Six centuries after the Flame Deluge, the Order of Leibowitz, a small brotherhood of monks in an isolated abbey on what used to be Route 66, does their best to preserve the knowledge of the pre-Flame Deluge days by finding, preserving and copying documents from our time. Brother Francis is a devout if not over-bright member of the order, who thanks to a chance encounter with a wanderer leads him to discover a fallout shelter filled with relics from before the Flame Deluge. Much to Francis’s surprise, the relics seem to be directly linked to the Order’s founder, once one of the engineers responsible for the Flame Deluge. The well-meaning Francis’ discovery shapes the rest of his life, much of it in unfortunate ways, but despite frequent setbacks he never loses his religious conviction. In the end, his years of work prove invaluable, although not to him.
Six centuries after Brother Francis, civilization has recovered enough that not only can some few monks of unusual insight make use of information in the memorabilia, scholars elsewhere are independently rediscovering what was once lost. Thon Taddeo Pfardentrott is the Newton of his era and the chance to visit the abbey in person is irresistible. At the abbey he finds an astounding treasure of preserved knowledge and a kindred spirit in Brother Kornhoer.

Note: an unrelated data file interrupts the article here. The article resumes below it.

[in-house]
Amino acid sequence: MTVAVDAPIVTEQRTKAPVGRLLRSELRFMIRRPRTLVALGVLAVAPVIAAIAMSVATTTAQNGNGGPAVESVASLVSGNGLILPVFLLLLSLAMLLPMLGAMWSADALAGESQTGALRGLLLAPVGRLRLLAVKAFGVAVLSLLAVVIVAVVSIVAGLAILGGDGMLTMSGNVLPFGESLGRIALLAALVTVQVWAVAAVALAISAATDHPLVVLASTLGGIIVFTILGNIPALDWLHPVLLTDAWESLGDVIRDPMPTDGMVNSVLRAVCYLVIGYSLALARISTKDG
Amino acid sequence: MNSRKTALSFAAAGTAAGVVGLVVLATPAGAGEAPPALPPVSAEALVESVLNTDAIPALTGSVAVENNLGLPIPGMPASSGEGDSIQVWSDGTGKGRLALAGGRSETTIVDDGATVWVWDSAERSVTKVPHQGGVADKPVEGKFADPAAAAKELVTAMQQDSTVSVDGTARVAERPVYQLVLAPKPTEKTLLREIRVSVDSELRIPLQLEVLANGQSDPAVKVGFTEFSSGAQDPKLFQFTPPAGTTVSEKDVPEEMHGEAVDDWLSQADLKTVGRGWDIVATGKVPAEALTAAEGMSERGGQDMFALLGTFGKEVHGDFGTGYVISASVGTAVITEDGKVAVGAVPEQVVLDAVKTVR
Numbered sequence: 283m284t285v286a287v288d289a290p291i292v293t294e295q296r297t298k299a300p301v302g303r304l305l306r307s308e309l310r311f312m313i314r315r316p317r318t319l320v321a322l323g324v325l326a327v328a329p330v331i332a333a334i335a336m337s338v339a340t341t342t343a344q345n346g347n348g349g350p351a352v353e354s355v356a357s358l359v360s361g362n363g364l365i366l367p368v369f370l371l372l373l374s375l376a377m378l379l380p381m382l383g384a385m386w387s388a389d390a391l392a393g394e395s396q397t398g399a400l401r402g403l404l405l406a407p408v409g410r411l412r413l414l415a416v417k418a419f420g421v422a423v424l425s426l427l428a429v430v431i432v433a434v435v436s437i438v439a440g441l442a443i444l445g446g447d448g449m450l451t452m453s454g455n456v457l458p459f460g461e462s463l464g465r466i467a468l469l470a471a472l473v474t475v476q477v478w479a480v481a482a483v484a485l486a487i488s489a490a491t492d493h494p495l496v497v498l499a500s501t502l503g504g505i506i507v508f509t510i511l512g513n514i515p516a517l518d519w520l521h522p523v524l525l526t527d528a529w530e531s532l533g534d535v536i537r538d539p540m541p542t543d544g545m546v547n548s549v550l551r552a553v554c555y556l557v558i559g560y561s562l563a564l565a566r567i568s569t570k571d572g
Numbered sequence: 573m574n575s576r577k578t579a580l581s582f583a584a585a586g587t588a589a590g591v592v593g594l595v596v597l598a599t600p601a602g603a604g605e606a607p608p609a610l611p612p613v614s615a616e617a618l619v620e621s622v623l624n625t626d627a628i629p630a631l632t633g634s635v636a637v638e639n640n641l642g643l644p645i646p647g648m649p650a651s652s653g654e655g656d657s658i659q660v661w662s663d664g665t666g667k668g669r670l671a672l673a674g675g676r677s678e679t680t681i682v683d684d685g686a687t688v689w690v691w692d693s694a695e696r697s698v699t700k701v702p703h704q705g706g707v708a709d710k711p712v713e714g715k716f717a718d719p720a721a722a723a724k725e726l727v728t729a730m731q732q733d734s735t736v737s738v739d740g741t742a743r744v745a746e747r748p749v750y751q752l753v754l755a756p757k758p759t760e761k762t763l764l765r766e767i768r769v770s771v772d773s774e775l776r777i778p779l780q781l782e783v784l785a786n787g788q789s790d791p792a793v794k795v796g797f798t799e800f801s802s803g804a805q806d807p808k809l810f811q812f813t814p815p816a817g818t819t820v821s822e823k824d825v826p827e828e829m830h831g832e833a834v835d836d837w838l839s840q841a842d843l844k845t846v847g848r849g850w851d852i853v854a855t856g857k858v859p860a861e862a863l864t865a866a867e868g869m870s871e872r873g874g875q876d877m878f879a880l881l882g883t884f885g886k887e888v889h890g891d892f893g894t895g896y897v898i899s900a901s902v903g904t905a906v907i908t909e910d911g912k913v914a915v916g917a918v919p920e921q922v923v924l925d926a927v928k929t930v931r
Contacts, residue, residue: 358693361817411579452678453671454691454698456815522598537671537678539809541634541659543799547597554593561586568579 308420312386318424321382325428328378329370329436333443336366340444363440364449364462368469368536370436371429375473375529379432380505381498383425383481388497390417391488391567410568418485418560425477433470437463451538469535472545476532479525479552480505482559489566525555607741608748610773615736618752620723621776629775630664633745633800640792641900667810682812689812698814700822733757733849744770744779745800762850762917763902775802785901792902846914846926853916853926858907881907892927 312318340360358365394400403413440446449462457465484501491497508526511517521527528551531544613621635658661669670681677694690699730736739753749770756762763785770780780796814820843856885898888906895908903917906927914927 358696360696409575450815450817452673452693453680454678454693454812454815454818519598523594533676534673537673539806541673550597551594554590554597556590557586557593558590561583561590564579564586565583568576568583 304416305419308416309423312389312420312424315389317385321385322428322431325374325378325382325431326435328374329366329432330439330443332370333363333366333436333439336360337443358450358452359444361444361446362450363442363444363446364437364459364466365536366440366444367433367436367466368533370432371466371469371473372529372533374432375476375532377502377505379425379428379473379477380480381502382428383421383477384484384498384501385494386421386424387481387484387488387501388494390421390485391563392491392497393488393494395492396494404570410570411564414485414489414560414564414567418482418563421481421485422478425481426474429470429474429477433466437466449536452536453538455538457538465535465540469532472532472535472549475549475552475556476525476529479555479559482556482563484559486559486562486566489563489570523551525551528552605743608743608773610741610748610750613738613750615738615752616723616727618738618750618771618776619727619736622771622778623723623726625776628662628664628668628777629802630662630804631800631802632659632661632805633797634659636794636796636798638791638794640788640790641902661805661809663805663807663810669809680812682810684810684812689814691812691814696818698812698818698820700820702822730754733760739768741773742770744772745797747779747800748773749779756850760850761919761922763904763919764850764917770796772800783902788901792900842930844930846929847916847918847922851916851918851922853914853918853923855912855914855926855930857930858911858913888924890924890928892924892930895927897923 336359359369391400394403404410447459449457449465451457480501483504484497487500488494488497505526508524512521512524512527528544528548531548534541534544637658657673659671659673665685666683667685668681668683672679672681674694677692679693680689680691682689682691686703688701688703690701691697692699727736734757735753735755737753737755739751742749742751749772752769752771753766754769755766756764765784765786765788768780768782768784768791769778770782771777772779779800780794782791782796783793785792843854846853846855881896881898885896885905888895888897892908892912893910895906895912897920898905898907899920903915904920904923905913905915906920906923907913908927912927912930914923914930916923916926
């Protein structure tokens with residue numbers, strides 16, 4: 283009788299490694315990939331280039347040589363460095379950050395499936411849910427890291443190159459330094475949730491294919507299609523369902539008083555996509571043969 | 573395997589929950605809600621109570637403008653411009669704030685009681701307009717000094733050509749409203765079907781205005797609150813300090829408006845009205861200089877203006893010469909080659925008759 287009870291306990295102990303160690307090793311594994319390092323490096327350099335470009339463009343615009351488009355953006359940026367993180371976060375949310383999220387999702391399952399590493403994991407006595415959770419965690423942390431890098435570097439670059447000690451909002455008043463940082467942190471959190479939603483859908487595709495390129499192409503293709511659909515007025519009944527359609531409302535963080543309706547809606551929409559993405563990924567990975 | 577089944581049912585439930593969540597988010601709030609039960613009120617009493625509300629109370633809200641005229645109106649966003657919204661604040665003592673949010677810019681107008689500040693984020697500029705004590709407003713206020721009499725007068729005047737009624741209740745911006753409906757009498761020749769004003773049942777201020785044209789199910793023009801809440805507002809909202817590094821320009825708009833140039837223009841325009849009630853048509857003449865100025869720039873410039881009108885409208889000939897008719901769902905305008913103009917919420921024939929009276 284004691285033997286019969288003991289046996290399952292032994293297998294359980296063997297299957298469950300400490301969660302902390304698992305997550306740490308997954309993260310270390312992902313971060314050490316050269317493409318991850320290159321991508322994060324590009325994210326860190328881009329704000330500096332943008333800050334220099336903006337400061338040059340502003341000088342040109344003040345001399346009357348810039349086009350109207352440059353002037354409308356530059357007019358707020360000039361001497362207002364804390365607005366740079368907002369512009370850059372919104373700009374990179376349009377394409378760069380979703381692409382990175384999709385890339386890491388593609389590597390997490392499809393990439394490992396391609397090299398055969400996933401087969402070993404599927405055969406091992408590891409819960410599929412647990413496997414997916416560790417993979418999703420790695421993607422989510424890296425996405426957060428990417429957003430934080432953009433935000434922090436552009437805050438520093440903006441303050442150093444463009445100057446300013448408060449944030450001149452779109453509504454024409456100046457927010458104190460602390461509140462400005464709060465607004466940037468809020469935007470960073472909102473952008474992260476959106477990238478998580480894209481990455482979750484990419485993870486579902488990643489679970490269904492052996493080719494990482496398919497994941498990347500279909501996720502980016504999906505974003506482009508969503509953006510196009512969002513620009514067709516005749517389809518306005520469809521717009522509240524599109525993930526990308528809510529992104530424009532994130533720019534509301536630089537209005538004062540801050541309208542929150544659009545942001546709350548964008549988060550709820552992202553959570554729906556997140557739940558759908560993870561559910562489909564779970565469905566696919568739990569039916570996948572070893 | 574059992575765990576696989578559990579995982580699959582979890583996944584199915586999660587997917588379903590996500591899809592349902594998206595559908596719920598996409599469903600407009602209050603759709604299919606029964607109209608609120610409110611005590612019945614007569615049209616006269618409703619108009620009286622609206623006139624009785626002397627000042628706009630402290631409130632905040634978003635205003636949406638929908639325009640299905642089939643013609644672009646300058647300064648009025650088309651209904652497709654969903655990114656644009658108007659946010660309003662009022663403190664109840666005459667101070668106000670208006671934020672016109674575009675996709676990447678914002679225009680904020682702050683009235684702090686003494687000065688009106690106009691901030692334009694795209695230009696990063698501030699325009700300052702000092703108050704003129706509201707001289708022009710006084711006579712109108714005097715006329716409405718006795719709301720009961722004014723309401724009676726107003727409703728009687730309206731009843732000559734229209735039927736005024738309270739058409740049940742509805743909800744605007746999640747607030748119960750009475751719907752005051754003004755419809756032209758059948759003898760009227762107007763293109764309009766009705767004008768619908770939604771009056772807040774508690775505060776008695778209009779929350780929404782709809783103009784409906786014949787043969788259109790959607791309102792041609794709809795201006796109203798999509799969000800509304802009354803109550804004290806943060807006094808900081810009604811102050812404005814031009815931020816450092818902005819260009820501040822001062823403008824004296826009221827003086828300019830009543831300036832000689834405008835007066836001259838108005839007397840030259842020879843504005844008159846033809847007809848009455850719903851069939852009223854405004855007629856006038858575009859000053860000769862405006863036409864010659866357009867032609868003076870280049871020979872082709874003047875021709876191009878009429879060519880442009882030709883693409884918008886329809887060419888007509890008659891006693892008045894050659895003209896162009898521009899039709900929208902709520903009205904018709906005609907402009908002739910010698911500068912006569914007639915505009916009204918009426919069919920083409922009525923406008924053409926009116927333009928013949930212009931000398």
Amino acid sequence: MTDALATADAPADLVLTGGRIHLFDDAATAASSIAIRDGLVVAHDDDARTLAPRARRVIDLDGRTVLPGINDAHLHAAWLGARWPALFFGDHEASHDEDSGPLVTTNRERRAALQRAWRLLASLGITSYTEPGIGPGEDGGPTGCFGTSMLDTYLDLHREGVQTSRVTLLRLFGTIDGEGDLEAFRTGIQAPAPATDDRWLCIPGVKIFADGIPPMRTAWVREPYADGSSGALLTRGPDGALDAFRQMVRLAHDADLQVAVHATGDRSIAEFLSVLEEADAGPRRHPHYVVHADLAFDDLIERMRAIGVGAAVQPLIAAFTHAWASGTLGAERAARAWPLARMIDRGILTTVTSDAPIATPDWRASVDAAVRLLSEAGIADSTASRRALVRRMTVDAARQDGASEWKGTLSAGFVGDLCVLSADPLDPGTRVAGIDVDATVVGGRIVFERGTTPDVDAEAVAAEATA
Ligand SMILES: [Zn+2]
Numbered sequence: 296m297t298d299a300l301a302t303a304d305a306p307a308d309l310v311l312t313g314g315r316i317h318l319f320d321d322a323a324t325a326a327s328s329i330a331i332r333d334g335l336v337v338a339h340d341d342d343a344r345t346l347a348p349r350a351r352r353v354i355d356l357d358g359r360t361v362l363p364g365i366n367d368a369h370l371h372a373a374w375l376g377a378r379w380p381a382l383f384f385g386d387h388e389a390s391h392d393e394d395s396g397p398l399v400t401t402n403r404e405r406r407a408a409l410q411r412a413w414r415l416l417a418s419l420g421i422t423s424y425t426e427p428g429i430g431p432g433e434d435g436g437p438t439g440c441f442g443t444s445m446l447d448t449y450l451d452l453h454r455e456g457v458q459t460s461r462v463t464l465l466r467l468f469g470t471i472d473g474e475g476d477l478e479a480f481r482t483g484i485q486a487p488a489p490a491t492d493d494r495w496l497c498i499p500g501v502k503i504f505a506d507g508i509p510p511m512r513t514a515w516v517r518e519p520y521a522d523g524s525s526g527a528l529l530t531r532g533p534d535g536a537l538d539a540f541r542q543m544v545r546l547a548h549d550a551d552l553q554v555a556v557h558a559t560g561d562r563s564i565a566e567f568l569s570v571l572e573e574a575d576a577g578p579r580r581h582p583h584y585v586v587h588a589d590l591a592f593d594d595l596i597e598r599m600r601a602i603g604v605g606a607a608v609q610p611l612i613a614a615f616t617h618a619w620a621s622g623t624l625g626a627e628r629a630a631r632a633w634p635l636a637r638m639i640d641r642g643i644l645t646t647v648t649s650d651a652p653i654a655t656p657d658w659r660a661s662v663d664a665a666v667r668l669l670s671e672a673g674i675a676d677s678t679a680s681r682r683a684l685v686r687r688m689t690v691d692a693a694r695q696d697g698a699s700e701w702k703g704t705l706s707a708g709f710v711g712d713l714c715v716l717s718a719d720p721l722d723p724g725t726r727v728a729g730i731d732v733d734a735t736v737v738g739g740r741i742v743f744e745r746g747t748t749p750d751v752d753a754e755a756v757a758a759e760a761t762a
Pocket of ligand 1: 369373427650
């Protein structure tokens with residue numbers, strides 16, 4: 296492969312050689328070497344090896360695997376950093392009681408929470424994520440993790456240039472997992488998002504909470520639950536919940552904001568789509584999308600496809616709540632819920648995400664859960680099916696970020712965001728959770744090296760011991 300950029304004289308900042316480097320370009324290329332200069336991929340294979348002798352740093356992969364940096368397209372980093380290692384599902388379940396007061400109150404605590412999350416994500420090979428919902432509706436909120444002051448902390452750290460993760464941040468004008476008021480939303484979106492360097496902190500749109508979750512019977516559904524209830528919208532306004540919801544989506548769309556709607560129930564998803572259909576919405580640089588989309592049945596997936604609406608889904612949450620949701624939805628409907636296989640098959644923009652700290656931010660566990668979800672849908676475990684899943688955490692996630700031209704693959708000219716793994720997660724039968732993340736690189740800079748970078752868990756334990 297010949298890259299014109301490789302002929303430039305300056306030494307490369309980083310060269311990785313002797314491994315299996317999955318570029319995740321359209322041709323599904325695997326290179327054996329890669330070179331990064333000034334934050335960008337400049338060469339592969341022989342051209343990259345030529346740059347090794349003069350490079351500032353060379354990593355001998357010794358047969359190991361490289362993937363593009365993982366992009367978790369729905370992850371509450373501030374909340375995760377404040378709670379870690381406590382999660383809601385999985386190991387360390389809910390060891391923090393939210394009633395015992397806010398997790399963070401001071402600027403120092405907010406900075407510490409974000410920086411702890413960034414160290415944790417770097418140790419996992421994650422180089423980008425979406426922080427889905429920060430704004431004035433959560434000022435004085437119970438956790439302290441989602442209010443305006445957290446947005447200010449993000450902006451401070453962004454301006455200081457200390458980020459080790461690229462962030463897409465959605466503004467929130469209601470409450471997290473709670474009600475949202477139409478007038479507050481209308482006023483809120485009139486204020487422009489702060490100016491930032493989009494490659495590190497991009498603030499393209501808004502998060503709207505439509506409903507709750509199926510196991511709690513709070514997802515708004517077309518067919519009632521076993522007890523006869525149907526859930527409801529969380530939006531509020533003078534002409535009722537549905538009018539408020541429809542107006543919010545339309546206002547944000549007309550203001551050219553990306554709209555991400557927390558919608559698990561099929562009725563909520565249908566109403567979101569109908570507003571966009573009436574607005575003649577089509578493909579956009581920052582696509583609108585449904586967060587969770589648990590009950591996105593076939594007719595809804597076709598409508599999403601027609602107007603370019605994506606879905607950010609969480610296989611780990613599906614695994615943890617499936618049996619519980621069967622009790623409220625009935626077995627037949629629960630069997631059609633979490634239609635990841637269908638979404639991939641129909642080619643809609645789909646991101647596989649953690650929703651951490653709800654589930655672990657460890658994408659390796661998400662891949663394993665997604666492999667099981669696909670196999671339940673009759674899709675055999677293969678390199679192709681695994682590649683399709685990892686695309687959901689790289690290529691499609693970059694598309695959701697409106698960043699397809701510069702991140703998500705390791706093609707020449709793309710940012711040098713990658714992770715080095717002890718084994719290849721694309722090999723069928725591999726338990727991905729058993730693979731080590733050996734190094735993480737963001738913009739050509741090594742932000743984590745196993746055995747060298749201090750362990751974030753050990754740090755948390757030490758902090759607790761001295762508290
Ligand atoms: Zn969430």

Alas, rather like Leibowitz, Thon Taddeo buys the opportunity to be a scholar by making himself useful to the powers-that-be, in this case his ambitious cousin Hannegan, Mayor of Texarkana and would-be ruler of much of the South-West. Although Thon Taddeo’s overwhelming pride probably would have been enough to drive a wedge between him and the Brothers, Hannegan’s bold moves to unify the South-West ensure the failure of the enterprise.